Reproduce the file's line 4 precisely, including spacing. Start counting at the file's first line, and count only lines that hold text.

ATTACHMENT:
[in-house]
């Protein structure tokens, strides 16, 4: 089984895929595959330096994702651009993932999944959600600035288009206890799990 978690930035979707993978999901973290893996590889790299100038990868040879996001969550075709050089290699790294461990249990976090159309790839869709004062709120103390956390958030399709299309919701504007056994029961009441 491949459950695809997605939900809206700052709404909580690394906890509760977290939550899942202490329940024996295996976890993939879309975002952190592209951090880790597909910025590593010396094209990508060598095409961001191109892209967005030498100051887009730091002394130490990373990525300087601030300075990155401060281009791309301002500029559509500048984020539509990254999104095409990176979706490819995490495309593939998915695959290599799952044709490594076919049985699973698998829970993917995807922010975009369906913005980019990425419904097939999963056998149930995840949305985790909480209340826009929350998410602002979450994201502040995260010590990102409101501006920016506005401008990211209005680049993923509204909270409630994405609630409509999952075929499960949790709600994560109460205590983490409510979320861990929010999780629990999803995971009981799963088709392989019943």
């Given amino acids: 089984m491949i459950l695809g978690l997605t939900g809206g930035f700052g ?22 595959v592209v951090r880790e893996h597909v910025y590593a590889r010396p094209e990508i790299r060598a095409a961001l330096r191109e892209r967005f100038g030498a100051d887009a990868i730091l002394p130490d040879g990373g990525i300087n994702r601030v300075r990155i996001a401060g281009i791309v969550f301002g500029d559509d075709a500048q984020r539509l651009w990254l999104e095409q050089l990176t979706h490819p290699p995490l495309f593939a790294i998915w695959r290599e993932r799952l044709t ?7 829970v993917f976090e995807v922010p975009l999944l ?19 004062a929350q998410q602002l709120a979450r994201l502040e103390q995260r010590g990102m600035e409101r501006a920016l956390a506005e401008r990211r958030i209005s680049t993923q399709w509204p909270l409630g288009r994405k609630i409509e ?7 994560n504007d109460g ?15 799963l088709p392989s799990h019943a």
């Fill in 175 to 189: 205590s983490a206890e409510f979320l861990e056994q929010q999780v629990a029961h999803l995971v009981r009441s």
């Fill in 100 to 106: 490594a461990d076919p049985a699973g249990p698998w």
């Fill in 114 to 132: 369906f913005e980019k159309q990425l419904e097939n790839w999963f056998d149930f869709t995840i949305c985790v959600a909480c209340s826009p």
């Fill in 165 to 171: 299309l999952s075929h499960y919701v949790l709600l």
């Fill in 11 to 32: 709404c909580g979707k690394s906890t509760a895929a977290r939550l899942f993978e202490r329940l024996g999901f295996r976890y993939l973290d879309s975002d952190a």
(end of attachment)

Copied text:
């Fill in 175 to 189: 205590s983490a206890e409510f979320l861990e056994q929010q999780v629990a029961h999803l995971v009981r009441s």